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How about a customised soap or shampoo, created using AI?

Kristin Soiland is a research scientist at SINTEF, pictured here testing the dosing unit for a powder ingredient being used in a customised detergent powder. Photo: SINTEF
Kristin Soiland is a research scientist at SINTEF, pictured here testing the dosing unit for a powder ingredient being used in a customised detergent powder. Photo: SINTEF
Researchers have recently discovered a new way of making consumer items. They’ve developed a machine, based on AI technology, that can customise personal care products to your own requirements.

There is no shortage of soaps and detergents on the market. However, by customising these products, it is possible to meet consumers’ increasingly demanding requirements and at the same time make them more eco-friendly. 

“By enabling consumers to design their own personal version of a soap or detergent, we can minimise waste, exploit our resources more sustainably and get the product to the customer more quickly”. So says Chief Research Scientist Chandana Ratnayake at SINTEF Industry.

The demand for low-price consumer goods with short shelf lives and rapid-response supply chains is on the increase. Typical of these are the so-called ‘fast-moving consumer goods’, or FMCGs, such as food, personal care products, clothes and other household articles.

Specialisation in small-scale production

As a rule, detergents, such as soaps and washing powders, are mass produced. From a manufacturer’s point of view, they can in some cases also be very challenging to make, or ‘formulate’.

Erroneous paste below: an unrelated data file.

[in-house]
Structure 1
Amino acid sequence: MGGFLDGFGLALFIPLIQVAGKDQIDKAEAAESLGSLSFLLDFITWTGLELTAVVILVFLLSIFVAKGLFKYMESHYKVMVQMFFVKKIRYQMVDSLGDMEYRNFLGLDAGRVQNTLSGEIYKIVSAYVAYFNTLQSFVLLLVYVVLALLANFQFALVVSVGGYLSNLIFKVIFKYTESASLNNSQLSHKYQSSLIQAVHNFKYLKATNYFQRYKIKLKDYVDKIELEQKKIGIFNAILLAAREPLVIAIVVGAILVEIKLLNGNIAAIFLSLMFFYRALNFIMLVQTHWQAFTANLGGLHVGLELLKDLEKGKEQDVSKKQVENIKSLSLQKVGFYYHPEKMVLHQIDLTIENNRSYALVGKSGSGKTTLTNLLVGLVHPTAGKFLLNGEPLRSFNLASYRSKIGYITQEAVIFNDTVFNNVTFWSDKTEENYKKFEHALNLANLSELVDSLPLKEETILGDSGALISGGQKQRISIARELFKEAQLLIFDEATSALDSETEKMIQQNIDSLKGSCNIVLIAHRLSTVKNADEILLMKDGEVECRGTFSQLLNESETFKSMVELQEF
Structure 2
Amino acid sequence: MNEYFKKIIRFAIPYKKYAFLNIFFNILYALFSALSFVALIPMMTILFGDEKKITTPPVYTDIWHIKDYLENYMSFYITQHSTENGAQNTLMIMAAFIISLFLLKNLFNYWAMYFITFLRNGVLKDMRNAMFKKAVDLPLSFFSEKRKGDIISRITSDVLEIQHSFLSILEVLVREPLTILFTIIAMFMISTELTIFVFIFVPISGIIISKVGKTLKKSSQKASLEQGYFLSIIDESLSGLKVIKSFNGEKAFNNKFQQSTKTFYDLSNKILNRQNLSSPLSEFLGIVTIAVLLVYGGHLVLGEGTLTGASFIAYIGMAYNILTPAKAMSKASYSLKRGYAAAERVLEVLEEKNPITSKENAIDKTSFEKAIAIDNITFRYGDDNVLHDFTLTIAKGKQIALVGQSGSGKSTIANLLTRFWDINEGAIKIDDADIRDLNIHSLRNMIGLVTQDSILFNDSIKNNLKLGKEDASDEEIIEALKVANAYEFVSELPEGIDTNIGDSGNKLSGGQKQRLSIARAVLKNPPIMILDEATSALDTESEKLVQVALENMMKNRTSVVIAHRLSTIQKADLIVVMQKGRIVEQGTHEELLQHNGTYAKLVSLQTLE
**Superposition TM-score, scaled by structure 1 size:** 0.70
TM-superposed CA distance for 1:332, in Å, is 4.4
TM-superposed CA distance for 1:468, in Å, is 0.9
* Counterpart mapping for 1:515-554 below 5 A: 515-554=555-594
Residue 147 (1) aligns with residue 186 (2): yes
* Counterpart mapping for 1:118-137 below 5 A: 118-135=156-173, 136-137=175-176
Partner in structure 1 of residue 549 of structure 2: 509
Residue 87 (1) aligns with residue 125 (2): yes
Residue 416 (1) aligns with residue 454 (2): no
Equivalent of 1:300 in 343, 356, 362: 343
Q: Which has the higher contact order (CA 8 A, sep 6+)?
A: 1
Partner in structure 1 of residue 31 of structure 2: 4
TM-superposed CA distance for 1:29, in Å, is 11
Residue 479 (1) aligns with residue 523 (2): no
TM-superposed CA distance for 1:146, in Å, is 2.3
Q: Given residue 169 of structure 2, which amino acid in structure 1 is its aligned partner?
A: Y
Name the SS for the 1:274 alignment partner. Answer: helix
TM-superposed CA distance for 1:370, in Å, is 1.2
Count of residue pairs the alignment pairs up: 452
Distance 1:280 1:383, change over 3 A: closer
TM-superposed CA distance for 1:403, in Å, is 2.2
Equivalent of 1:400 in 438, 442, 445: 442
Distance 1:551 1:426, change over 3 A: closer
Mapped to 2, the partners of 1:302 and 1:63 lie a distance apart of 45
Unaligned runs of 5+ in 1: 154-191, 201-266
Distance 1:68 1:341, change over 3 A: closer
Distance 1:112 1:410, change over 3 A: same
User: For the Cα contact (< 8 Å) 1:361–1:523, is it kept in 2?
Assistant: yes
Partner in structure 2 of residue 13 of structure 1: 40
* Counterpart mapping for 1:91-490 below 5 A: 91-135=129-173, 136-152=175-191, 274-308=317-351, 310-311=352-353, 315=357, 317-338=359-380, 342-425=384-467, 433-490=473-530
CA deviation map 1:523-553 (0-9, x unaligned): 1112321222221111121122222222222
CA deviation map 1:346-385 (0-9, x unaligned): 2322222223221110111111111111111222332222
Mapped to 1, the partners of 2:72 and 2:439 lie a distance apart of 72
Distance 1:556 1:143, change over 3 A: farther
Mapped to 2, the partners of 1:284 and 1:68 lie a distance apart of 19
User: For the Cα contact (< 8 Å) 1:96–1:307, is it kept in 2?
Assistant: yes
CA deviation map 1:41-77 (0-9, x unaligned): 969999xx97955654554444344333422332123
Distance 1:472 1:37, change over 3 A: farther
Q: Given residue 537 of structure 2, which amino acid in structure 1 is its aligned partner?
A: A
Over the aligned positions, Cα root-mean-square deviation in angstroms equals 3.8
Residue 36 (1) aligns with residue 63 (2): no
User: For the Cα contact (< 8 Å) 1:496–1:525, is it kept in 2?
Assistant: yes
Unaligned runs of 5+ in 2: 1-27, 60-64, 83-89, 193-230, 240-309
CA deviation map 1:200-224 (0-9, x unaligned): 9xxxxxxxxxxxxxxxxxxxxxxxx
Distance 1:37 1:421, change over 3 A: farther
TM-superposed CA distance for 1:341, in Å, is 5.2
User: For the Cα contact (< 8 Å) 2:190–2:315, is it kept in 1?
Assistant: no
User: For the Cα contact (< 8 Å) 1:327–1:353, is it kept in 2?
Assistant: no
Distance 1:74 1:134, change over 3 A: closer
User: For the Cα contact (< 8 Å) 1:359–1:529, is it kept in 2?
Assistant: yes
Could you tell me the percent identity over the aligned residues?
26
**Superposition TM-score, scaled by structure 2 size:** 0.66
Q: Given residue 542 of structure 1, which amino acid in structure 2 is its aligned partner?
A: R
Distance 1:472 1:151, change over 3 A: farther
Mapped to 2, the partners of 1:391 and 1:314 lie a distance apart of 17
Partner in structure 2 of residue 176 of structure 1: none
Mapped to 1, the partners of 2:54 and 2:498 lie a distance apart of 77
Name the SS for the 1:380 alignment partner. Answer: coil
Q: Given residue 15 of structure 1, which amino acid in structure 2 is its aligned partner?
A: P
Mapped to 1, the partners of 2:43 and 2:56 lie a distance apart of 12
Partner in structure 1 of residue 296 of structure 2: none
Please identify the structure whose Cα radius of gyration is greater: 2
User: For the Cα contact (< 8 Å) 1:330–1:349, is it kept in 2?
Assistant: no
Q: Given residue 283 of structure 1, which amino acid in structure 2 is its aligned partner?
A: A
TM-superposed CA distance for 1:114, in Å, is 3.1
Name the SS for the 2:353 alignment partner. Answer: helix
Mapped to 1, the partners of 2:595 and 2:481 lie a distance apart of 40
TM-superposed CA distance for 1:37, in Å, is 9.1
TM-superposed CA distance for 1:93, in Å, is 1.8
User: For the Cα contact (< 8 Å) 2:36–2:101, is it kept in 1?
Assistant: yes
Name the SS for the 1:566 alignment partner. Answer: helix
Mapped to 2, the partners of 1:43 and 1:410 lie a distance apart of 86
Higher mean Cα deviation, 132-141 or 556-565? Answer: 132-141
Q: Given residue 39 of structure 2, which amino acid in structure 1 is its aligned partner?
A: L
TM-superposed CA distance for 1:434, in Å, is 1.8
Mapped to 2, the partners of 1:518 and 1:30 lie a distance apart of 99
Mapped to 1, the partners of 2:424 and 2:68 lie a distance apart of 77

In order to be competitive, manufacturers have to balance increased demand with factors such as specific health and well-being benefits, allergies, individual taste, and other consumer requirements that may change very rapidly. They also have to take sustainability and environmental considerations into account.

This is the background to the EU-funded project called DIY4U, which is looking into how these challenges can be met by means of the development, manufacture and commercialisation of customised detergent products.

“Our aim here is to develop an approach to the profitable and sustainable small-scale manufacture of specialised products that can be offered to the industrial sector, businesses and entrepreneurs”, says Chandana Ratnayake.

The market for powder- and liquid-based detergents is large and lucrative, but these products are also some of the most complex fast-moving consumer goods (FMCGs) to formulate.

“The formulation of powder- and liquid-based detergents is challenging due to the complex balance that has to be achieved between what we call surface-active agents, other chemical compounds and additive components” explains Ratnayake. “These components are essential in order to prevent damage to the items being washed and harm to the external environment. The product must also be adaptable to a wide range of different water types and temperatures”, he says.

AI makes it possible

Researchers working with the DIY4U project have been collaborating with major industrial actors in the groceries sector and some small- and medium-sized businesses based in the EU. They have approached this challenge by developing a consumer-focused ‘open innovation’ digital platform that is connected to a fully automated, small-scale manufacturing facility (FabLab). 

SINTEF has been contributing with its expertise and access to pilot-scale test facilities for the handling of powders and particles. It has assumed responsibility for the testing and fine-tuning of customised mixing systems for the raw materials that go to make up powder-based detergents.

“By utilising digital technologies such as artificial intelligence, blockchain and advanced data analysis, consumers can be enabled to interact directly with the digital platform”, says Ratnayake. “This allows them to enter their own preferences regarding allergies, odour, colour and volume, as well as the types of stain that they would like to see removed”, he says. He goes on to add that a digital twin has been used to optimise production processes such as the mixing of ingredients and fragrance formulation.